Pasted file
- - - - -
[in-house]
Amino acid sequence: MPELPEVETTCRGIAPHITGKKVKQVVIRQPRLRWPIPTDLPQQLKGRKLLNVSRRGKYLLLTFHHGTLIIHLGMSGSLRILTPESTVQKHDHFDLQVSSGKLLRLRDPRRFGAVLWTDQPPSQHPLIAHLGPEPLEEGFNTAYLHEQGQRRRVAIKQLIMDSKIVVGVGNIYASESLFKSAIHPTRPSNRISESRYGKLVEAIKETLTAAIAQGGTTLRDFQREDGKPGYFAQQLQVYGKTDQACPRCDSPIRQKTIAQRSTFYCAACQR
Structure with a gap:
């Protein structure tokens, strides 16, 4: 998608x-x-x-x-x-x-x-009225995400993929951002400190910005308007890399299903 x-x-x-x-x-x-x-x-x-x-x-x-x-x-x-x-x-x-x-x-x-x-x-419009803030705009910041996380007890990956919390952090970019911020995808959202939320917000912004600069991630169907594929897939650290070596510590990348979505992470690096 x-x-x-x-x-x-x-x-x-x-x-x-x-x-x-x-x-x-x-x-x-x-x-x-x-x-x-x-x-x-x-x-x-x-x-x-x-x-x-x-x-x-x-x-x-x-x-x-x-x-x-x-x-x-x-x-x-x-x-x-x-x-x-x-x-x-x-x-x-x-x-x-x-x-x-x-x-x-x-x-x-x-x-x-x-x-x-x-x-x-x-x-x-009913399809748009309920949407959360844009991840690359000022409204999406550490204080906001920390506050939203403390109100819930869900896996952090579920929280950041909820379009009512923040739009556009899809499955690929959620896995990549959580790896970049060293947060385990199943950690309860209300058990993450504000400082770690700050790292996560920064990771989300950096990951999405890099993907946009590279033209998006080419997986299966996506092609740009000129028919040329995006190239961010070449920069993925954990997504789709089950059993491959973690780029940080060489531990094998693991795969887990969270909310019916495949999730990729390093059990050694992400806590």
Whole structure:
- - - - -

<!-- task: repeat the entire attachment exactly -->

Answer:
[in-house]
Amino acid sequence: MPELPEVETTCRGIAPHITGKKVKQVVIRQPRLRWPIPTDLPQQLKGRKLLNVSRRGKYLLLTFHHGTLIIHLGMSGSLRILTPESTVQKHDHFDLQVSSGKLLRLRDPRRFGAVLWTDQPPSQHPLIAHLGPEPLEEGFNTAYLHEQGQRRRVAIKQLIMDSKIVVGVGNIYASESLFKSAIHPTRPSNRISESRYGKLVEAIKETLTAAIAQGGTTLRDFQREDGKPGYFAQQLQVYGKTDQACPRCDSPIRQKTIAQRSTFYCAACQR
Structure with a gap:
């Protein structure tokens, strides 16, 4: 998608x-x-x-x-x-x-x-009225995400993929951002400190910005308007890399299903 x-x-x-x-x-x-x-x-x-x-x-x-x-x-x-x-x-x-x-x-x-x-x-419009803030705009910041996380007890990956919390952090970019911020995808959202939320917000912004600069991630169907594929897939650290070596510590990348979505992470690096 x-x-x-x-x-x-x-x-x-x-x-x-x-x-x-x-x-x-x-x-x-x-x-x-x-x-x-x-x-x-x-x-x-x-x-x-x-x-x-x-x-x-x-x-x-x-x-x-x-x-x-x-x-x-x-x-x-x-x-x-x-x-x-x-x-x-x-x-x-x-x-x-x-x-x-x-x-x-x-x-x-x-x-x-x-x-x-x-x-x-x-x-x-009913399809748009309920949407959360844009991840690359000022409204999406550490204080906001920390506050939203403390109100819930869900896996952090579920929280950041909820379009009512923040739009556009899809499955690929959620896995990549959580790896970049060293947060385990199943950690309860209300058990993450504000400082770690700050790292996560920064990771989300950096990951999405890099993907946009590279033209998006080419997986299966996506092609740009000129028919040329995006190239961010070449920069993925954990997504789709089950059993491959973690780029940080060489531990094998693991795969887990969270909310019916495949999730990729390093059990050694992400806590």
Whole structure: